Wednesday, December 31, 2008

December 2008 Rpt

Introduction

2008 has been a very tumultuous and also record breaking year for the wind industry. It also appears that the wind turbine capacity installed for this year will be a record for both the world and the U.S. For the second year in a row, the nation with the most new installed capacity in the world will be the U.S., and for the first time in two decades, the U.S. will be the country with the most installed (and delivered) wind turbine capacity, surpassing Germany.

At the end of 2008, there should be more than 120 GW of wind capacity installed worldwide, which would be delivering about 30 to 35 GW on an average basis. This is the equivalent of about 35 to 40 x 1 GW nukes, or the 30 to 35 x 1 GW quantity of coal burners quantity. At an average of 7.9 million tons of CO2/year per GW of electricity from a coal burner, the wind industry is delivering "savings" of approximately 250 megatons of CO2/yr. To put this in perspective, the net "excess" of CO2 pollutant dumped into our atmosphere last year (the amount of CO2 put into the atmosphere not absorbed by the oceans (mostly), trees and soils) was about 4500 megatons of CO2 per year. Wind turbines are potentially mitigating the Global Warming problem by providing pollution-free electricity equivalent to about 5.6% of this 4500 megaton CO2/yr pollution rate.

So, depending on how you look at it, either "not bad for a beginning technology" or "we still have a long way to go, and not much time to get there". Or both. It's sort of in the vein of "is the beer glass partly empty or partly full?"


Discussion

Among the many interesting trends was the increase in the price of new coal burning facilities, and also the increase in the price of coal. It turns out that new coal burning facilities and expensive coal (even after declining from the peak value earlier this year) require electricity prices of more than 10 cents/kw-hr, and that is before considering the cost to "stash the CO2 trash", which could add another 6 cents/kw-hr. Furthermore, coal prices had been very stable up until recently; that assumption has been shown to be invalid. Thus, one of the main attributes of coal - it's cheapness - can no longer be depended on. As far as nukes go, there was a great deal of favorable (and quite often, purchased for that outcome) press, but the one facility under construction (in Finland) is over budget and behind schedule, significantly, from 3 to 4.5 billion Euro (now $US 6.27 billion, but this varies depending on the Euro-dollar exchange rate).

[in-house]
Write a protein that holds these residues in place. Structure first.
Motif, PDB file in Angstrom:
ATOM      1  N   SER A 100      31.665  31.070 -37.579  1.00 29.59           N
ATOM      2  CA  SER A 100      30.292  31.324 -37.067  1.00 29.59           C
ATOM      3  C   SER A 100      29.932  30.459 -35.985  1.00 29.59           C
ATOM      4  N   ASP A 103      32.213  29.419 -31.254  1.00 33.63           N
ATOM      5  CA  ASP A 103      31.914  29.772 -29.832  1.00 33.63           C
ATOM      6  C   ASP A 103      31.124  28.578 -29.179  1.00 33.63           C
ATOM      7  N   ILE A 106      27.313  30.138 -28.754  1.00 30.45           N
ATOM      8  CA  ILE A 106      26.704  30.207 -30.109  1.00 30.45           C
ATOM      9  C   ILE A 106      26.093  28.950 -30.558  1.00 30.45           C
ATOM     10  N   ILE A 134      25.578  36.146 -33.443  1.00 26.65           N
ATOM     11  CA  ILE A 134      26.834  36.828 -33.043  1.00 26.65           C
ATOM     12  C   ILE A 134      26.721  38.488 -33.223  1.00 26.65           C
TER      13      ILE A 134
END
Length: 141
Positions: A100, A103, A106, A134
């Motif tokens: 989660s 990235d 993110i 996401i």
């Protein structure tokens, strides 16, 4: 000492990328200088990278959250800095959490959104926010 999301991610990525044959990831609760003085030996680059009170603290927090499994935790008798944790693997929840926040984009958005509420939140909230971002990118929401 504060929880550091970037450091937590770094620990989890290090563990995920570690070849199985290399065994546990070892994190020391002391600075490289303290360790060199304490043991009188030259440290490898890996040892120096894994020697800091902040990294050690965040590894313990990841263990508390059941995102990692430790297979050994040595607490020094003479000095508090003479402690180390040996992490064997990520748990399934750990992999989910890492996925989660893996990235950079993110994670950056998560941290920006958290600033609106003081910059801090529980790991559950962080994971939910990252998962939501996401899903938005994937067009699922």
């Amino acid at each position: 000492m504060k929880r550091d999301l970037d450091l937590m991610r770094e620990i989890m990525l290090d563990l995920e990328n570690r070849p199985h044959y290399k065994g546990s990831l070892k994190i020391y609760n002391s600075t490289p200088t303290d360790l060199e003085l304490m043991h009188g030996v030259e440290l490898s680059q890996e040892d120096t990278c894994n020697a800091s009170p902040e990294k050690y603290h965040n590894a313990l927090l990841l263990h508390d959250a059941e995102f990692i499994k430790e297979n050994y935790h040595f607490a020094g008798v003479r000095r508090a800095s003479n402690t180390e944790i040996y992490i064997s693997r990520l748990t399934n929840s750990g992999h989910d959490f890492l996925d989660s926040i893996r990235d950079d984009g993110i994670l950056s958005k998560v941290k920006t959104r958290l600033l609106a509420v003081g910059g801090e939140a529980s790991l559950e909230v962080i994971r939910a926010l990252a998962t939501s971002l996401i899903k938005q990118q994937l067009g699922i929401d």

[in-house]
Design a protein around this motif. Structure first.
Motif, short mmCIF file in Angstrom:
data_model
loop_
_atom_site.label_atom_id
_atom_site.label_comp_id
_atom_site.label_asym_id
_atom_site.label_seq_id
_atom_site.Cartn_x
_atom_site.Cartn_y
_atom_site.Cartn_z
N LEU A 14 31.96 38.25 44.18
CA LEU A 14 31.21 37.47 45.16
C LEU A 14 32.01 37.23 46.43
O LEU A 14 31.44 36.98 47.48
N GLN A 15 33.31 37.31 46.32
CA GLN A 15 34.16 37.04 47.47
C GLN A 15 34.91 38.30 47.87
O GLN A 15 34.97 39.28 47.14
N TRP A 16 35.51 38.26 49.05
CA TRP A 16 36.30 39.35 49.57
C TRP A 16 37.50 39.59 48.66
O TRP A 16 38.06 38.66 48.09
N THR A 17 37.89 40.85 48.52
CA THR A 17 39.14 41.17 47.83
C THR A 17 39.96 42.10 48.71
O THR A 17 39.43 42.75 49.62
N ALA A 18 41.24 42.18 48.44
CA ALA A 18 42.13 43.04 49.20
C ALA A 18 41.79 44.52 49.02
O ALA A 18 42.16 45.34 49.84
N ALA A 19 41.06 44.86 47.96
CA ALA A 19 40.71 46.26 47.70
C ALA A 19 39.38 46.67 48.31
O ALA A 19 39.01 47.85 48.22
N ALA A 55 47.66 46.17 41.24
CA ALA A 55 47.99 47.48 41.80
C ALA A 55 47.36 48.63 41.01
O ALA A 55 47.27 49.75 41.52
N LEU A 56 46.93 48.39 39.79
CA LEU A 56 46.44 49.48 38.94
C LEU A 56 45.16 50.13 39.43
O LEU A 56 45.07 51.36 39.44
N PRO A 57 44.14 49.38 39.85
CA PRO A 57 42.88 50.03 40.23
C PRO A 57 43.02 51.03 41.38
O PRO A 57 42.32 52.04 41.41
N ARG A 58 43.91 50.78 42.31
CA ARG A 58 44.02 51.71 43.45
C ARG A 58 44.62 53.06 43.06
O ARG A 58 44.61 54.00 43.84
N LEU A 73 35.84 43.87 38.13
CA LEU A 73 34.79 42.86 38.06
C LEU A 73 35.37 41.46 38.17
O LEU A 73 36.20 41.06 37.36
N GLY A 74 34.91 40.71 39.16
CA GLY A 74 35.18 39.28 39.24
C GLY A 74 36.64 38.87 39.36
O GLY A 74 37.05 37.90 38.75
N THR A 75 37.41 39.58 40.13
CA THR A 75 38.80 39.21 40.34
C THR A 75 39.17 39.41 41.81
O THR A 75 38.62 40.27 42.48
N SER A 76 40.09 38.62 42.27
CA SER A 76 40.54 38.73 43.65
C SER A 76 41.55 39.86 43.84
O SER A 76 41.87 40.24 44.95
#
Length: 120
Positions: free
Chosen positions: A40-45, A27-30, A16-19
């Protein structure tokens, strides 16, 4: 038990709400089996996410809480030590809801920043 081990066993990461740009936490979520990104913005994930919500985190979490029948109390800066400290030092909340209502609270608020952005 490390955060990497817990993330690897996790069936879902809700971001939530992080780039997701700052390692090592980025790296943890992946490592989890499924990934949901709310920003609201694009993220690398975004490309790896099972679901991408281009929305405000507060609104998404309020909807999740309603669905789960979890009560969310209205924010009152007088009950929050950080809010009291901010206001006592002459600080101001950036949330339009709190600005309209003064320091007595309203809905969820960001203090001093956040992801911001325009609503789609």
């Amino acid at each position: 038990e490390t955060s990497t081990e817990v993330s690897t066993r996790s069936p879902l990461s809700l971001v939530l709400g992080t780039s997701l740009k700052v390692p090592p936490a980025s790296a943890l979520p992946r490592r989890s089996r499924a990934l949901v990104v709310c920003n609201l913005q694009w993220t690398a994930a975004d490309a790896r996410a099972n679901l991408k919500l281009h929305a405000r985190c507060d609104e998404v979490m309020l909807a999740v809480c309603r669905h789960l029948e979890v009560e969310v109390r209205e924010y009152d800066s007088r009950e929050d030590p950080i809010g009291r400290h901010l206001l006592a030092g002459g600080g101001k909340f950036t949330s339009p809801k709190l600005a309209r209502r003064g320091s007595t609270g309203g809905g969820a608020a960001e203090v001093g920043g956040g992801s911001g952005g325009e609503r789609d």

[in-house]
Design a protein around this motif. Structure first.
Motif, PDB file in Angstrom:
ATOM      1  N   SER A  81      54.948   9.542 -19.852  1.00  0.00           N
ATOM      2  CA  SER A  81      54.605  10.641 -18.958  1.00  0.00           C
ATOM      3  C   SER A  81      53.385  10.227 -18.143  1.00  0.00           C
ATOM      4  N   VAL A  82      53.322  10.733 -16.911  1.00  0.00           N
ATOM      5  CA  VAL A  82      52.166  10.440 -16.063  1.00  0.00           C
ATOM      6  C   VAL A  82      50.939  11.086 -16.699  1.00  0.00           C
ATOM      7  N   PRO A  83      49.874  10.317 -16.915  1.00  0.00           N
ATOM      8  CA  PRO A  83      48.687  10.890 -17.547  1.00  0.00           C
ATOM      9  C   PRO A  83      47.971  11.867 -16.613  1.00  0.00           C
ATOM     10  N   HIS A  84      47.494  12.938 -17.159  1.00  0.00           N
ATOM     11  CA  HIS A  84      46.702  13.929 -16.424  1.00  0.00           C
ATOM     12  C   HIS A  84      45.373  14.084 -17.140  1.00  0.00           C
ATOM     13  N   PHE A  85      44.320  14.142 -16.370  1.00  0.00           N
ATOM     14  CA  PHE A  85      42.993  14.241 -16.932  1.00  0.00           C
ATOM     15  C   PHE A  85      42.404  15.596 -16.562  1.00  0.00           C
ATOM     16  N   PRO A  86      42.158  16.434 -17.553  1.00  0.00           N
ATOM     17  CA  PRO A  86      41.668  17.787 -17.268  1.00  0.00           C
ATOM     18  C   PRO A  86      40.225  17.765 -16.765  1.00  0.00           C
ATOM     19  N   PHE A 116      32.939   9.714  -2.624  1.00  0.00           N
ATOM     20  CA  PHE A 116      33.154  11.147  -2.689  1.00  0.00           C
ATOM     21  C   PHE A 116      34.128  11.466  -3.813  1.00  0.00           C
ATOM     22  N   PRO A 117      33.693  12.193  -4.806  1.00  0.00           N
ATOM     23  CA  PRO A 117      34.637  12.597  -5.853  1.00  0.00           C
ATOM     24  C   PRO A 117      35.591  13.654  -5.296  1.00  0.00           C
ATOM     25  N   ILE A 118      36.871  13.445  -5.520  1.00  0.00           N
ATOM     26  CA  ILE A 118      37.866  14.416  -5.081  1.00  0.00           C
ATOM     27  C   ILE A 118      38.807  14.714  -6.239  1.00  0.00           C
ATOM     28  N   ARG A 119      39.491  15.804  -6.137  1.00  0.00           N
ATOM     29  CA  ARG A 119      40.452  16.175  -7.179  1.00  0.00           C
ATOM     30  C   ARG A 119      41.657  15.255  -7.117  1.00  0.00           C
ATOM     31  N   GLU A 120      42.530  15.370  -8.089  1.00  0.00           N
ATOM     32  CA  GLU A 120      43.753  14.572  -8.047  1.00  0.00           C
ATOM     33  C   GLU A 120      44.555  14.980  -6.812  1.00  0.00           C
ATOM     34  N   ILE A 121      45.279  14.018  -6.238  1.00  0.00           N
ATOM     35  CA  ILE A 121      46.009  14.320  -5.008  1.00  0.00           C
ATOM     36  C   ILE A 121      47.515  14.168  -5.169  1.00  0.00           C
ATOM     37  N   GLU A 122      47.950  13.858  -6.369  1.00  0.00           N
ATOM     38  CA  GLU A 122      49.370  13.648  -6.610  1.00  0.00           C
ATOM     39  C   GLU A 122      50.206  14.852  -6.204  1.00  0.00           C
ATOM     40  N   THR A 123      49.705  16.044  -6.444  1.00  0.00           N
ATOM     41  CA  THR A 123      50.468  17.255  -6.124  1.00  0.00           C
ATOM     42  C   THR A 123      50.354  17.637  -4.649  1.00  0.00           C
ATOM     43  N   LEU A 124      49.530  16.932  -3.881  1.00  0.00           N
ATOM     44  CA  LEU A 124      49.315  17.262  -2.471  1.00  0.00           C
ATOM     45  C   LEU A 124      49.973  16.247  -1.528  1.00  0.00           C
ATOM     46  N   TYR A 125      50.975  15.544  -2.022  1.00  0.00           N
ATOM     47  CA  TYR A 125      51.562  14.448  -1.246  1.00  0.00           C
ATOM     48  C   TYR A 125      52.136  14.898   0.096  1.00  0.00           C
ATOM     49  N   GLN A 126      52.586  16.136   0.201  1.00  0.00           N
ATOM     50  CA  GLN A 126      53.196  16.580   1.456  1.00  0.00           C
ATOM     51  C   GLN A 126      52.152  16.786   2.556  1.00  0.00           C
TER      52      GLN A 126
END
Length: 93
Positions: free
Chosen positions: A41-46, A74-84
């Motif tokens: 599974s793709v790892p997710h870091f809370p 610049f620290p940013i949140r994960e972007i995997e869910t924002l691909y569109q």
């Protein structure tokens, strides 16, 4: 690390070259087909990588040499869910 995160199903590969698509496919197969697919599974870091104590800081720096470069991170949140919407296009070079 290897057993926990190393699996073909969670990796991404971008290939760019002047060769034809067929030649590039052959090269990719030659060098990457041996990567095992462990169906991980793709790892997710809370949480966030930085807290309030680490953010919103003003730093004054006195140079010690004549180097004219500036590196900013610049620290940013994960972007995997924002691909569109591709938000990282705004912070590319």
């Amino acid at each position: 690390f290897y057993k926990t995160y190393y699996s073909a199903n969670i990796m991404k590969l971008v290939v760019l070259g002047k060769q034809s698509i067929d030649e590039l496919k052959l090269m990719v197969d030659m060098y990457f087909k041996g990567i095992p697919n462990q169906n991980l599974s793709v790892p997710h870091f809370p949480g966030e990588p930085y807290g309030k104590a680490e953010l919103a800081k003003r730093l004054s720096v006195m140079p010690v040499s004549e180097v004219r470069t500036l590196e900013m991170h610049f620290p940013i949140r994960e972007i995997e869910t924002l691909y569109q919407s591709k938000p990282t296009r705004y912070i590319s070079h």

In general, wind turbine pricing will most likely be quite stable in 2009, since the major raw material cost items (steel, copper, concrete, fiber-glass, epoxy resin) have come down in prices from their peaks in mid to late 2008. And given the competition in this business (Vestas, GE, Enercon, Gamesa, Siemens, Clipper, Nordex, Mitsubishi, Suzlon/REPeower, for example) and the track record for installations/experience with these, new wind plant installations are now less of an experiment and more a routine construction project. Even 5 and 6 MW wind turbines are now commercially available (Enercon, REPower, Areva (ex-Prokon-Nord), Bard), mostly for offshore installations.

Some highlights of the year include:
1. Clipper gets its act together - resolves the bugs in its gearbox and also for its (formerly) made in Brazil blades
2. GE starts making 2.5 MW turbines (Europe only), and "retires" CEO
3. Vestas resolves issues with its V90 x 3 MW turbines - offshore version
4. Vestats begins marketing V90 x 1.8 and 2 MW low wind speed units in the U.S. and Canada
5. Acconia begins making 3 MW units
6. Nordex resumes sales to U.S.
7. Several new U.S. and Canadian manufacturing facilities built/announced: